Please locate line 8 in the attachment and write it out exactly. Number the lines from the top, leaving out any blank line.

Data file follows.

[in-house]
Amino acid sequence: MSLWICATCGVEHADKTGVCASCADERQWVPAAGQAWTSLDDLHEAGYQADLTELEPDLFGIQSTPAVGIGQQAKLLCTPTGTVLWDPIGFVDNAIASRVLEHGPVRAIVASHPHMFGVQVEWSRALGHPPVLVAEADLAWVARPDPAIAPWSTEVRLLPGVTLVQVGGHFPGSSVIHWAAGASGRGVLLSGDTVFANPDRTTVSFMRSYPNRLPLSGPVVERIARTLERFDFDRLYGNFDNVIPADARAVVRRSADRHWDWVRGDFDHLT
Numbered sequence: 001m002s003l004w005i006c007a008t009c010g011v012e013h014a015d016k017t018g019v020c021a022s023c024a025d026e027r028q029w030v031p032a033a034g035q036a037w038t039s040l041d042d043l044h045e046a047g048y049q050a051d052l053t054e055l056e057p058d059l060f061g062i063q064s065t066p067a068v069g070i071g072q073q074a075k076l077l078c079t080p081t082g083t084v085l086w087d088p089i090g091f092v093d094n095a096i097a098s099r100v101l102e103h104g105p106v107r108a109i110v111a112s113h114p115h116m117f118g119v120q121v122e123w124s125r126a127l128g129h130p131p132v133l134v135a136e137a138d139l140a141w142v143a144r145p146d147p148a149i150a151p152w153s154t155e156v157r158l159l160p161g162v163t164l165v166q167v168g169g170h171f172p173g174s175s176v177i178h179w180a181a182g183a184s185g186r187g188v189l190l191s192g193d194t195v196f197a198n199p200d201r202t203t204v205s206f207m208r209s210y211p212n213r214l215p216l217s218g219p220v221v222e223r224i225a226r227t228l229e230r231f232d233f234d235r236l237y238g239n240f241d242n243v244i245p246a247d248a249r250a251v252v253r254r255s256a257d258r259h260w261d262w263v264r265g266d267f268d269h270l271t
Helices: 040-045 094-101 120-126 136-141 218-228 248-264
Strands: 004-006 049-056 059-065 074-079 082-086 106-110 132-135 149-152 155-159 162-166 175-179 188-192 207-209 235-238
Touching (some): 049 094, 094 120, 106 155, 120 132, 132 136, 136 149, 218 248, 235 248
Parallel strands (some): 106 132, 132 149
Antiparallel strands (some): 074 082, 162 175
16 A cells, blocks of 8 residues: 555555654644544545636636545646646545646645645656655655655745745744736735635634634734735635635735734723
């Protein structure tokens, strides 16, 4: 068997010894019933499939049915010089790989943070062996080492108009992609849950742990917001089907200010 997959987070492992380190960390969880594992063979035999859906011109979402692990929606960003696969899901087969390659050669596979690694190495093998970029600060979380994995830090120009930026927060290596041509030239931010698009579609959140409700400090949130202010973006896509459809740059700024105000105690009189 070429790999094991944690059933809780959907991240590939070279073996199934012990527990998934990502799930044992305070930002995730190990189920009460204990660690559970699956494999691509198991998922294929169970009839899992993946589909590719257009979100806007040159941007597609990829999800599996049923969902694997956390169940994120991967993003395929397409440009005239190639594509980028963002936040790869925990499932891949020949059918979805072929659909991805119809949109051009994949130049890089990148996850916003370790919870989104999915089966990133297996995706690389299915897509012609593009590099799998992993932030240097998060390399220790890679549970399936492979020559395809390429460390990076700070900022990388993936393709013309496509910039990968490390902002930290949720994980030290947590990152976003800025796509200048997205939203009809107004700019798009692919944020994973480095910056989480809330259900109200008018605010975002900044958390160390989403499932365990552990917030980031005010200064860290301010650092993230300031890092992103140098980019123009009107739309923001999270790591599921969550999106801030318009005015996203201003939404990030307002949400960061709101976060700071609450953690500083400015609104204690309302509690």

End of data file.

Antiparallel strands (some): 074 082, 162 175